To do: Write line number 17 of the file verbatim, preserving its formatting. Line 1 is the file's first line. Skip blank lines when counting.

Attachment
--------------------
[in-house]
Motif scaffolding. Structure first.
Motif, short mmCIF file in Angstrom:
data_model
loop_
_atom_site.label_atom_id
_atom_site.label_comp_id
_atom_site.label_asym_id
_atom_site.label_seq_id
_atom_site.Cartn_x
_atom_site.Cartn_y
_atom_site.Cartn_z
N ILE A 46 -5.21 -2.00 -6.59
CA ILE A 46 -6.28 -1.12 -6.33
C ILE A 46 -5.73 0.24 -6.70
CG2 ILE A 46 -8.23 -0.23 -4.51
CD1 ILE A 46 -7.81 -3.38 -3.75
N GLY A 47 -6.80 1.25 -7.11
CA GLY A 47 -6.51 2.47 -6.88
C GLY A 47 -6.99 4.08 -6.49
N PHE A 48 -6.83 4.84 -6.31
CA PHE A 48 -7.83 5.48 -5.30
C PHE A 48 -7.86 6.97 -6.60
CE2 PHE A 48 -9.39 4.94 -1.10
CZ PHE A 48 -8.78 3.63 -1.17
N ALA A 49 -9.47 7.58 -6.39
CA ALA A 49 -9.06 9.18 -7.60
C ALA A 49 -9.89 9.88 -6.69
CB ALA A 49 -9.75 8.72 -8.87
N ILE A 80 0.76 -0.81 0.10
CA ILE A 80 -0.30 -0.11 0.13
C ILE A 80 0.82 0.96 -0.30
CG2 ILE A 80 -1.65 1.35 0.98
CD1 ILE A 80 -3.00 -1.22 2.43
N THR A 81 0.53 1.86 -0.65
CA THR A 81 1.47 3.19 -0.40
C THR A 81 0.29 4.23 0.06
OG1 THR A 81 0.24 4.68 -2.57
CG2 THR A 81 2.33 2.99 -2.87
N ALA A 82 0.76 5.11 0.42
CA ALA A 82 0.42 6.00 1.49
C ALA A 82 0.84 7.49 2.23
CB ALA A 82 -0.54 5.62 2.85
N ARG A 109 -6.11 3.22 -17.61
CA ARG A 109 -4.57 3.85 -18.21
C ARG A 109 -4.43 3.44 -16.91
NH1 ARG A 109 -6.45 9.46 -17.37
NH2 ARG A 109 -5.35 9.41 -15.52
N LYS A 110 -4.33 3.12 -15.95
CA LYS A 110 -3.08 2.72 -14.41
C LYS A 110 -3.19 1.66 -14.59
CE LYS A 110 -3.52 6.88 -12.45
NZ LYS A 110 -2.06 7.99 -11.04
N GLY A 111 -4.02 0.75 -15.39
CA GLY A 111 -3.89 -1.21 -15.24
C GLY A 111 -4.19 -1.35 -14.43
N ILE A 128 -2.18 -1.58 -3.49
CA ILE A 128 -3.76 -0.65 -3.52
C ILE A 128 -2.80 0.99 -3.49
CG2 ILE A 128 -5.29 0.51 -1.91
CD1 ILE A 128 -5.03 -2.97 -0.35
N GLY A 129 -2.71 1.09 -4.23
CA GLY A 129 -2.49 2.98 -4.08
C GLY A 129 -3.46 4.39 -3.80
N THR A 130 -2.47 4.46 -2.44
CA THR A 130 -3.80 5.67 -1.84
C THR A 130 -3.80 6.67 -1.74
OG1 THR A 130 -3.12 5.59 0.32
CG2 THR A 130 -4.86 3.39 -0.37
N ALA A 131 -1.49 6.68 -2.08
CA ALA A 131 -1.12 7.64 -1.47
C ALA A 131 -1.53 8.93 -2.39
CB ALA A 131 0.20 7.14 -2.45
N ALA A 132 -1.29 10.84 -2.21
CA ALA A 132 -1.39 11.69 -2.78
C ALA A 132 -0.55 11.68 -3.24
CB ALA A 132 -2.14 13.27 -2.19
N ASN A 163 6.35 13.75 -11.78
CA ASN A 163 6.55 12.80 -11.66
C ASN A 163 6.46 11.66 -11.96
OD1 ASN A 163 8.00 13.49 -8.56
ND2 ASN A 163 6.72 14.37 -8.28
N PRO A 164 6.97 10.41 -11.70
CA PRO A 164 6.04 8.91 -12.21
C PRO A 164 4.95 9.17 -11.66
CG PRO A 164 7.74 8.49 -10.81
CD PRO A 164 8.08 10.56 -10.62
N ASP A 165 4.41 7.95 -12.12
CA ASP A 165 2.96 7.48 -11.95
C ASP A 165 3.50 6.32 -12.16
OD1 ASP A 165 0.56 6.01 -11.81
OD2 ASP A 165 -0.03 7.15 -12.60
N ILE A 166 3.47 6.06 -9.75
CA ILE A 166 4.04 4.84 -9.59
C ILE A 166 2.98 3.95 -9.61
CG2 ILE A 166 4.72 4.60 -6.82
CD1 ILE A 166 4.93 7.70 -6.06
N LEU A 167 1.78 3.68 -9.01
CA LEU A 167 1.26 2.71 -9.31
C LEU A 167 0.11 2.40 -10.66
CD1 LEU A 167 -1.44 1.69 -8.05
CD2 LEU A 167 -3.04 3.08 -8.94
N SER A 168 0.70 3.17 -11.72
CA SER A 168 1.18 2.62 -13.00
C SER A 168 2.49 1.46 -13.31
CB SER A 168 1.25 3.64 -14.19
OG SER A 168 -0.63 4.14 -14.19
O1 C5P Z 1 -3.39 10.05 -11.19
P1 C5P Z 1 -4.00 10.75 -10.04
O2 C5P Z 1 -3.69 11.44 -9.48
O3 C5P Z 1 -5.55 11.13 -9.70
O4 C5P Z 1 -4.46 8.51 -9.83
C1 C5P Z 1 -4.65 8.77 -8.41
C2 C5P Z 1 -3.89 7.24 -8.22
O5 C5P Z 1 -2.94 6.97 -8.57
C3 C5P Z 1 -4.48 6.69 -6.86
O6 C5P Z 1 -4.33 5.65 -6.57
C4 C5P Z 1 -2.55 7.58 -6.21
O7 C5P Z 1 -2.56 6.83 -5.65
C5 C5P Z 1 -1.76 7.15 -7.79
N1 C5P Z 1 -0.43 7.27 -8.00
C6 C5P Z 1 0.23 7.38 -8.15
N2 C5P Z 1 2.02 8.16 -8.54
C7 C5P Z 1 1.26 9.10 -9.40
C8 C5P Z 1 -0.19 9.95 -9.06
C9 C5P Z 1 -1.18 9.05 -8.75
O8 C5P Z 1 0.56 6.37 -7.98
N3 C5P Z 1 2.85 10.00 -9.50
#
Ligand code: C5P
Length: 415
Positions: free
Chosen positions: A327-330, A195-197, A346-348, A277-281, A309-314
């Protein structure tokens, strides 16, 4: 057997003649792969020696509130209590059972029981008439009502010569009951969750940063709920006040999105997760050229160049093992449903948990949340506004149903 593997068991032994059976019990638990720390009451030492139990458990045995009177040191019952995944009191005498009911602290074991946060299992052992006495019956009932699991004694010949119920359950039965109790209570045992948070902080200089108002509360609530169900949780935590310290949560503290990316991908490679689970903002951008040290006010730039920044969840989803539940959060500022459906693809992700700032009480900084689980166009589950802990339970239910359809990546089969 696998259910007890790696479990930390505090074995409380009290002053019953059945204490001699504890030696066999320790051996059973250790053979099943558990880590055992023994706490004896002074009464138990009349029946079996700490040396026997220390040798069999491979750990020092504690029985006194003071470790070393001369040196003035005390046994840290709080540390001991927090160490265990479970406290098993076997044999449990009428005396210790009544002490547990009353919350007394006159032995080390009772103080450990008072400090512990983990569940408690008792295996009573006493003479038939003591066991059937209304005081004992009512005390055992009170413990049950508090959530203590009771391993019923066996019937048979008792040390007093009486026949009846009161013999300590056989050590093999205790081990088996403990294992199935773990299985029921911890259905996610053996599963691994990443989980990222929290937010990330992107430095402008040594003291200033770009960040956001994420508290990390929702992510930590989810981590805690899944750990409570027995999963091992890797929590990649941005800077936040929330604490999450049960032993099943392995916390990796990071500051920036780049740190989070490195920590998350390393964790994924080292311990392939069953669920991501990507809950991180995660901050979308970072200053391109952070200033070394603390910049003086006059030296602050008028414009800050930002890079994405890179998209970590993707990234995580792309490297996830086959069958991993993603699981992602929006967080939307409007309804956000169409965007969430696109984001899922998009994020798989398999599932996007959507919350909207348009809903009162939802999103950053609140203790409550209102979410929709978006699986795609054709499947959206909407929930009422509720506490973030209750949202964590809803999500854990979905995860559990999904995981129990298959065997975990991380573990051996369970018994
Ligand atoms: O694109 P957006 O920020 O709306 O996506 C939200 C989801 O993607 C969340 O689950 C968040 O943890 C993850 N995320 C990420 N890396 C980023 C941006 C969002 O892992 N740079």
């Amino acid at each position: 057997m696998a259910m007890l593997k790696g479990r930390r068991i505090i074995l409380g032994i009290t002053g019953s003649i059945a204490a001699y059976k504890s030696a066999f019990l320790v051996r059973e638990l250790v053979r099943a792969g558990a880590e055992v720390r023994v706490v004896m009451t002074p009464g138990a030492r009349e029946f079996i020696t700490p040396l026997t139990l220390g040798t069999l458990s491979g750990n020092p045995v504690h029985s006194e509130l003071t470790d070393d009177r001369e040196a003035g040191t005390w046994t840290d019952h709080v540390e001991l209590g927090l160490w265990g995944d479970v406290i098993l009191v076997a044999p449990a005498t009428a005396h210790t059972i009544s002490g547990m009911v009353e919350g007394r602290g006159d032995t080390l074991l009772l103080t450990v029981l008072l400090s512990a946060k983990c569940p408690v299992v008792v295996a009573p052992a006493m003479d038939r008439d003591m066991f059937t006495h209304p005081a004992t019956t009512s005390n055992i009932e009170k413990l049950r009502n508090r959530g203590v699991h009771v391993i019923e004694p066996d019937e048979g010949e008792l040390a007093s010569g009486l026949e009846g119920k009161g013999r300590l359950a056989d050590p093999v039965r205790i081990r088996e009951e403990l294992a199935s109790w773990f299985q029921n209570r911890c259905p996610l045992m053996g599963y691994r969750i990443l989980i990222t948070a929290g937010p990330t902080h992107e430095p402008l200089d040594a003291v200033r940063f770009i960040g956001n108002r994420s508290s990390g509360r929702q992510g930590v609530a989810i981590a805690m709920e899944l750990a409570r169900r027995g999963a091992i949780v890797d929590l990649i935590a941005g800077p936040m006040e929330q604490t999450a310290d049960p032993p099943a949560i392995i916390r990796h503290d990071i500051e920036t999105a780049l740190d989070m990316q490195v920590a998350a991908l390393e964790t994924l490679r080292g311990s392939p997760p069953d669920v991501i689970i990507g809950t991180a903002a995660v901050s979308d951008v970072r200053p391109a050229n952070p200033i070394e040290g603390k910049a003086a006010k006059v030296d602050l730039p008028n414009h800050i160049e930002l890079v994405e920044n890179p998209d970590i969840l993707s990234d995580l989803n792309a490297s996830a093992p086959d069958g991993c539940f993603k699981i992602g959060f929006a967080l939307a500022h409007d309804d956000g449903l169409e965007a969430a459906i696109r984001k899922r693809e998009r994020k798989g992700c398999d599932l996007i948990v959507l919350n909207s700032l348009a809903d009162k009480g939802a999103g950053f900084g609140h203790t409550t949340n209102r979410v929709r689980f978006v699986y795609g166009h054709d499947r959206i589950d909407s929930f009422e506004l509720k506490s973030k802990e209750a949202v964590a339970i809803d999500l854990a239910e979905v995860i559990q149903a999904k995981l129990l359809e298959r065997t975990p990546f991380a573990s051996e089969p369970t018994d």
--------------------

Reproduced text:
CD1 ILE A 46 -7.81 -3.38 -3.75